Recently debate has arisen once more about rates of tax in this country. Again Joe Hockey has come out with totally unfounded claims that individuals on average pay half of their income in tax.
In response ACOSS chief executive Cassandra Goldie has argued that in fact middle income earners pay only 11 per cent of their income in personal tax, and higher income groups only about 20 per cent.
Peter Martin of 'The Age' further explains how: "ACOSS [arrived] at the figures by including all household income in its total, including untaxed or lightly taxed…Income washed through superannuation, family trusts and negatively geared properties."
Martin also explains how:
The bottom one-fifth of households pay 3 per cent of their income in personal tax, the next group pays 7 per cent, middle group 11 per cent, the second-top group 15 per cent and the top group 20 per cent…
But [this] progressivity vanishes when other forms of tax are included. Including the goods and services tax and other consumption taxes such as petrol and tobacco excise, the lowest earning household pays 24 per cent of its income in tax and the highest earning household only a little more at 28 per cent.
So the existing system is also barely progressive when taken as a whole; and the Conservatives want to dilute or reverse this even more!
And also recently Gareth Hutchens of 'The Age' has questioned the facts surrounding Joe Hockey's claim that increased taxation through bracket creep is 'the only alternative' if Labor does not support the Conservatives' austerity agenda. In addition we should also question improper reliance on the GST and other regressive taxes and charges – including user pays mechanisms.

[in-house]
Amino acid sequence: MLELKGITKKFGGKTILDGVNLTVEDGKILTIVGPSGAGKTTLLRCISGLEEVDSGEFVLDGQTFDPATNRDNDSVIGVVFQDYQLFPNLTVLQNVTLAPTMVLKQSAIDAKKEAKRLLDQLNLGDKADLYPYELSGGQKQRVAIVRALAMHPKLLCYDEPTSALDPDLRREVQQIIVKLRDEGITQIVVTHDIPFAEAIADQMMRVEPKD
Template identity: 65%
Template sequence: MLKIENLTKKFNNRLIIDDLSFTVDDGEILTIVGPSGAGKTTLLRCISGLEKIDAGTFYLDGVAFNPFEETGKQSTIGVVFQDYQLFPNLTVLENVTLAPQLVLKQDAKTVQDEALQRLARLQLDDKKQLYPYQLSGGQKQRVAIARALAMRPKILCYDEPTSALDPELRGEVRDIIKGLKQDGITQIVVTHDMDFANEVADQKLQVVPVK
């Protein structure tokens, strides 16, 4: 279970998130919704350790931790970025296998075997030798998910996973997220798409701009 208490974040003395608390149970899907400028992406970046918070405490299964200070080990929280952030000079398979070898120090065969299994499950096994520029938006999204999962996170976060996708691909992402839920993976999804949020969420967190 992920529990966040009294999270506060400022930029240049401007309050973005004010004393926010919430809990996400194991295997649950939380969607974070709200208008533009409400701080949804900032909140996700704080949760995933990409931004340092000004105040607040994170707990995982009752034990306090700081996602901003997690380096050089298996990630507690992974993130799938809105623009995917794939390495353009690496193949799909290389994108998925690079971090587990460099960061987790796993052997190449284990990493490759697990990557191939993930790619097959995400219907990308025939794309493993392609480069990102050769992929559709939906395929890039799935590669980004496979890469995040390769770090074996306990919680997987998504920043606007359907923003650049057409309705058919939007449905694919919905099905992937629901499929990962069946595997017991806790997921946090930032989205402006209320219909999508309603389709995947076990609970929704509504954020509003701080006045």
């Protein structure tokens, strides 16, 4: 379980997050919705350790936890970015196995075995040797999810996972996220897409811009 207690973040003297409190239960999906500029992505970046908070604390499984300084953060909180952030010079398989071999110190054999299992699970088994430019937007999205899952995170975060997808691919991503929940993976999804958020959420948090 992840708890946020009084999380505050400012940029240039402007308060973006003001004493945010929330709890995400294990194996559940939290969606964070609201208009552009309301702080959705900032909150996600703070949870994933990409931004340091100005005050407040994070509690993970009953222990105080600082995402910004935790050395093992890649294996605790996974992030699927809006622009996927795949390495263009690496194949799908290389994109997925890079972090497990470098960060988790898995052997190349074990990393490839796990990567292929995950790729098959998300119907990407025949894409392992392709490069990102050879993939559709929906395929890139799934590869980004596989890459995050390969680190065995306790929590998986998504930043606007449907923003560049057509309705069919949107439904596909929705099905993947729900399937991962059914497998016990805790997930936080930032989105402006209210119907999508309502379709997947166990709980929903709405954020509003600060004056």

The Liberals' offensive against any and all forms of progressive redistribution rests upon their commitment to a classical liberal economic philosophy which naturalises the inequalities in wealth, income and power that arise under capitalism. Employers rather than workers are seen as 'the real wealth creators'. Workers are seen as freely entering into contracts with employers. Their bargaining power as relates to skills in the marketplace are recognised; but the influence of trade unions in improving that bargaining position of workers is not. Differences in recompense based on demand and supply in the labour market are also 'naturalised'. Because of this 'naturalisation' government intervention in the economy is rejected outright – except perhaps in cases where this paradigm is enforced – for instance, through impositions against the industrial liberties of organised labour. Hence the Conservatives and economic libertarians press for 'simpler' tax and lower tax because that means less redistribution.
It follows there is the question raised by economic liberals of whether or not we are better off to determine our own 'needs structures' freely through consumption. This deserves genuine consideration.
Many socialists today would recognise the place of 'the market' as a medium by which workers and citizens in their capacities as consumers hold corporations accountable through the play of market signals and forces. Importantly, though, this should entail the organisation of people in their capacity as consumers – both to improve the quality of information they can access – but also improving their market power through collective bargaining. (ie: as consumers)
But there are problems with this 'market utopia'. Information is not perfect. Consumers are not sufficiently organised. There are monopolies and oligopolies which minimise the effective role of competitive market forces and signals. And there is the possibility of consumers prevailing to the expense of the more poorly organised workers. That is: the prospect of more – not less –exploitation.
Also where there is intense competition there is the problem of investment in 'the means of production' growing so disproportionate compared with recompense through wages that the market is no longer able to absorb these costs – or provide sufficient consumption power to absorb what is produced.
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